“When roasted Crabs hiss in the bowl,
Then nightly sings the staring owl.”
— William Shakespeare’s “Love’s Labour’s Lost,” Act V, scene 2 (1594)
This passage, from a song that comes at the end of Shakespeare’s comedic romance, refers to the Elizabethan practice of roasting crabapples and tossing them hot from the pan into the wassail (punch) bowl. That sounds like delicious fun!
In fact, crabapples were more popular as a food in Shakespeare’s day than they are now, although many folks, including me, grow crabapple trees as a small ornamental. One of my spring rituals is to stand beneath the crabapple tree in my backyard when it’s in full bloom with masses of delicate-looking pink buds and white blossoms. I listen to the frenetic drone of hundreds of ecstatic bees, all much too busy to pay me any mind.
If I stand under my crabapple tree right now, I’m likely to get hit on the head with a marble-sized crabapple. The orange-yellow fruits are ripening and dropping off the branches, where they wait on the path to be swept up and added to the compost pile.
The Bard would be aghast at such waste, but I’ve never thought about using the crabapples for anything other than as a natural fertilizer. Only this year have I ventured to bite into one of the tiny fruits and it tastes like a real apple!
That’s because crabapples — or “Crabs” as Shakespeare called them — are real apples (Malus); they are differentiated from other apples only by their size. Crabapples can be as large as 1½ inches around (M. "Dolgo") or as tiny as ¼ inch (M. “Schmidtcutleaf”). Although definitely on the tart side, larger crabapples can be eaten cooked or uncooked like other apples. Even the smaller fruit, like the fruit on my M. "Snowdrift," can be used to make crabapple jelly and juice.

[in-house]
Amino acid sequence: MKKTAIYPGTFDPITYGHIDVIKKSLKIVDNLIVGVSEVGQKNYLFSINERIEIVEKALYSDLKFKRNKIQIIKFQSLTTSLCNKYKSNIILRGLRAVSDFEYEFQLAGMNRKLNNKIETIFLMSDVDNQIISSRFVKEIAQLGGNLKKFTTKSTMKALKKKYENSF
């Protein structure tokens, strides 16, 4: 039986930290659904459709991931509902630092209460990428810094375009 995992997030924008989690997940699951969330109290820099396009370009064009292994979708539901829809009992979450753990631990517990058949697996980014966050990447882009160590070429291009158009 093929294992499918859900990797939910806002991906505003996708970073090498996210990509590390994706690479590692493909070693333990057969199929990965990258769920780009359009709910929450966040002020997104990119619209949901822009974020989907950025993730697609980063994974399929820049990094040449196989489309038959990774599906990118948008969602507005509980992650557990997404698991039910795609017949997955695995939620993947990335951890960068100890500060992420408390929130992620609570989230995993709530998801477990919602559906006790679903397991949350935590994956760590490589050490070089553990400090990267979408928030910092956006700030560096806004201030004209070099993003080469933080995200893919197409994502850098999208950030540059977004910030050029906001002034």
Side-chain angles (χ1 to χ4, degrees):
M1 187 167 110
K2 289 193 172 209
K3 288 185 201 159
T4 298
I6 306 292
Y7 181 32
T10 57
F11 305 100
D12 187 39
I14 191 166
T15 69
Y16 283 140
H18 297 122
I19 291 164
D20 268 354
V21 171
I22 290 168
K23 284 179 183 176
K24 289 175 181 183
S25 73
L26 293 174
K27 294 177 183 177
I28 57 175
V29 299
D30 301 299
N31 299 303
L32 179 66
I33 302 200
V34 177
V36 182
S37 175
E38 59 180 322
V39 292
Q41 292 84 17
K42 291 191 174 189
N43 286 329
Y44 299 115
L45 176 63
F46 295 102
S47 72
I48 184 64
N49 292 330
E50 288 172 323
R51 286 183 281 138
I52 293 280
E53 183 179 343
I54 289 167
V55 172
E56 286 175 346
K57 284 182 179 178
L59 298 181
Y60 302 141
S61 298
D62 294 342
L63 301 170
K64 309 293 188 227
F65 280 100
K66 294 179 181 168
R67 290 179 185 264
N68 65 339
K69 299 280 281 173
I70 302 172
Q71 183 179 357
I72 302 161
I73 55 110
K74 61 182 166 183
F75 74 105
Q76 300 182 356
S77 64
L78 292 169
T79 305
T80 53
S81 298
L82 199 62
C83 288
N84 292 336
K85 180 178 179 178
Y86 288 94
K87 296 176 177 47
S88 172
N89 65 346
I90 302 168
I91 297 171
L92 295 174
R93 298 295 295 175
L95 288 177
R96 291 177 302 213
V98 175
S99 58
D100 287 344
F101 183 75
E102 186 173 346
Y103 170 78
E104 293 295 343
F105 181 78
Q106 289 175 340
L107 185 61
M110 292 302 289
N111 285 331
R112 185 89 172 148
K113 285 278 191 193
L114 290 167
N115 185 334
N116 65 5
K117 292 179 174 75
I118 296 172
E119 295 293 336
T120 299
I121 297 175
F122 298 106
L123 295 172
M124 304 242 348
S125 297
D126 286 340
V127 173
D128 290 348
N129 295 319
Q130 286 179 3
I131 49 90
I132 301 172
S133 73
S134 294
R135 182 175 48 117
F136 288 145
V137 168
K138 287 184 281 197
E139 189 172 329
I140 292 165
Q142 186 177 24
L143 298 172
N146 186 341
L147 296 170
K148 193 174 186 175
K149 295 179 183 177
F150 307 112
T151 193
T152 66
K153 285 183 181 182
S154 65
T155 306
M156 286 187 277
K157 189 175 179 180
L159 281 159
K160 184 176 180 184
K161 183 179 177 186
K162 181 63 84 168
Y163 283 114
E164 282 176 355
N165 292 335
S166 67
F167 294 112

Crabapples are full of pectin, particularly before they are completely ripe, so they can be used to thicken other kinds of jellies, too. In addition, some crabapples stay on the tree a long time, which adds landscape interest in the fall and food for our feathered friends.
I recently visited the apple orchard at the Southern Oregon Research and Extension Center, and I was surprised to see a number of Crabs planted among the apple trees. Head gardener Joe Alvord told me crabapple trees are planted in the orchard because they are irresistible to bees and help pollinate the other trees.
Crabapple trees are so hardy they are often used as rootstock for grafting other apple varieties, he said.
The tallest crabapple tree (M. “Dolgo”) grows about 30 feet tall and the canopy is 25 feet wide, but most Crabs are less than 20 feet tall and wide. M. “Lolliam,” the Lollipop crabapple, grows only 10 feet tall and wide with white flowers and small red fruit.
I found a useful crabapple tree chart online at www.jfschmidt.com/pdfs/, compiled by a wholesale tree grower in the Willamette Valley. The chart describes 40 crabapple trees, with color photographs, so gardeners can find the best tree for their property. The chart even provides information about each tree’s resistance to common orchard diseases such as scab, fire blight and powdery mildew.
Oregon’s native crabapple tree is M. fusca, a species that reaches up to 40 feet. The clusters of fragrant flowers are white, and the ½-inch fruit, orange-red when ripe, hangs in clusters.
If planted in the right location, crabapple trees are easy to maintain. For more about growing crabapple trees, see my blog this week at http://blogs.esouthernoregon.com/theliterarygardener/.
I’m not sure I like jelly enough to try making crabapple jelly, but I do like crabapples better now that I know they are edible. Besides, Shakespeare apparently liked them a lot — he mentioned crabapples eight times among his works. My favorite is from “Henry VI, Part II: “Noble stock/Was graft with Crab-tree slip.”
— Rhonda Nowak is a Rogue Valley gardener, teacher and writer. Email her at firstname.lastname@example.org.